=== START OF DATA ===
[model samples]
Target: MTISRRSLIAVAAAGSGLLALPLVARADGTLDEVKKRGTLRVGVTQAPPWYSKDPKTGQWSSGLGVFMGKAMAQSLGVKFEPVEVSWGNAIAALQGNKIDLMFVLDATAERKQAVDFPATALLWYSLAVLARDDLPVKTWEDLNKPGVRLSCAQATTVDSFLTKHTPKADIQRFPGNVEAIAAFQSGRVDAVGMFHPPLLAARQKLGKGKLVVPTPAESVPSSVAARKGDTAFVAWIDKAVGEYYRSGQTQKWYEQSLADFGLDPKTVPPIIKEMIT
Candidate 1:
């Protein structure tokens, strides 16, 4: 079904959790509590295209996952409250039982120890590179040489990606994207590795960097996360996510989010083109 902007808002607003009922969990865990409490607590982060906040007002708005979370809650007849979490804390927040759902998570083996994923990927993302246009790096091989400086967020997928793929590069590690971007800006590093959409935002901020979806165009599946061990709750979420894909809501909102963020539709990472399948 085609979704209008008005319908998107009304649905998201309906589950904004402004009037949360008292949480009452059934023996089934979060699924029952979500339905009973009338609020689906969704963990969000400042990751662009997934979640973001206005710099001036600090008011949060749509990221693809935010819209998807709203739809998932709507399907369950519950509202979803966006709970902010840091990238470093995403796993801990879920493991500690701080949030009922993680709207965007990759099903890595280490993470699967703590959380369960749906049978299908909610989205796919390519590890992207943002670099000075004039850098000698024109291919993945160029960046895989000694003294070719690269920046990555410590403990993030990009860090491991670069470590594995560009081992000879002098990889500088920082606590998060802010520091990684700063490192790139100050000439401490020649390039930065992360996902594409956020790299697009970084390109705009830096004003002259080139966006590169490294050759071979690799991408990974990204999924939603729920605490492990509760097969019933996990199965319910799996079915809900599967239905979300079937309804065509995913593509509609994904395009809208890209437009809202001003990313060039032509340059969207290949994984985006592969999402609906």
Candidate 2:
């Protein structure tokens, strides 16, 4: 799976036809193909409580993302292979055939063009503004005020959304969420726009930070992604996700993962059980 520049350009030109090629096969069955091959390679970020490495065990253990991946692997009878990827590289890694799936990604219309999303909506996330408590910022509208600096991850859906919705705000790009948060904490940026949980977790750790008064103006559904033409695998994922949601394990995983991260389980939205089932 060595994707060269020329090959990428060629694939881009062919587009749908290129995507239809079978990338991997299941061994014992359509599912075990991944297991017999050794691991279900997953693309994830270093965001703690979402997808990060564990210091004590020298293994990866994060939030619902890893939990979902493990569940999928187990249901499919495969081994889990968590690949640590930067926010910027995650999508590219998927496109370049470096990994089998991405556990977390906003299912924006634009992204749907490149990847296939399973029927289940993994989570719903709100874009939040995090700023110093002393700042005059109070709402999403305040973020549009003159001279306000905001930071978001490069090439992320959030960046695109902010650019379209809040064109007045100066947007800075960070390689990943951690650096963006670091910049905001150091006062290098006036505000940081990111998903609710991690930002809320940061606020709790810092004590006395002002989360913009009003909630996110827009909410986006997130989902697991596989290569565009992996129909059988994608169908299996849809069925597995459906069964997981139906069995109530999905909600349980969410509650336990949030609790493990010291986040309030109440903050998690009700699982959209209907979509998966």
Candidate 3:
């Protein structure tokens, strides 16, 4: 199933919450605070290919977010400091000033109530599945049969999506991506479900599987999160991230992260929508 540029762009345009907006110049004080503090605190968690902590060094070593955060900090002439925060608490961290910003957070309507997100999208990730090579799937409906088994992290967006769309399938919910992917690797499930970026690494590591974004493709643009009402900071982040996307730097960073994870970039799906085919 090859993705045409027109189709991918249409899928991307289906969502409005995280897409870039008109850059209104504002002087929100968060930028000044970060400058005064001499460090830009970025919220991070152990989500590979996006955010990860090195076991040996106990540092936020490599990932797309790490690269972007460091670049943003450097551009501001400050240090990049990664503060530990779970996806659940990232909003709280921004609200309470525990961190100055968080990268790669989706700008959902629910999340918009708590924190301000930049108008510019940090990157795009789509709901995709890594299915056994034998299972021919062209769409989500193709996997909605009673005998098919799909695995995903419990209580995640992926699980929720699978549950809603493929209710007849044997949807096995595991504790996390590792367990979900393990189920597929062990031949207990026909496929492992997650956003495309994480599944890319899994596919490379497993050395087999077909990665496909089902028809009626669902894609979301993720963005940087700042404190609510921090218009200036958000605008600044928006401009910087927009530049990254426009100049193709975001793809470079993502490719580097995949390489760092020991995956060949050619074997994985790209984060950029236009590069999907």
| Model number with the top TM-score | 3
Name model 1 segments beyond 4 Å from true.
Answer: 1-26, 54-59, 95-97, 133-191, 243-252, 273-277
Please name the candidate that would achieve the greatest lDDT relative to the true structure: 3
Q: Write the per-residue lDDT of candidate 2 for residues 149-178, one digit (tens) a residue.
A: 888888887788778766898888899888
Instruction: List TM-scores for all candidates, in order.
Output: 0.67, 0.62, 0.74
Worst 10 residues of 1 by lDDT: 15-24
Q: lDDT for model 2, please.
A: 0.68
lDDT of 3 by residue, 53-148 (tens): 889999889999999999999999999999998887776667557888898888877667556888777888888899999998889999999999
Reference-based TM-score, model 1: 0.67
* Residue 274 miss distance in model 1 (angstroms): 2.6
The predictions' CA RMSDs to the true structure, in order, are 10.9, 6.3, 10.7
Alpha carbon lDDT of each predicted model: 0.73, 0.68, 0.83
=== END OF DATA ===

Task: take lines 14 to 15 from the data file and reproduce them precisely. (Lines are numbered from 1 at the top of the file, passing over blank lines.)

A: 888888887788778766898888899888
Instruction: List TM-scores for all candidates, in order.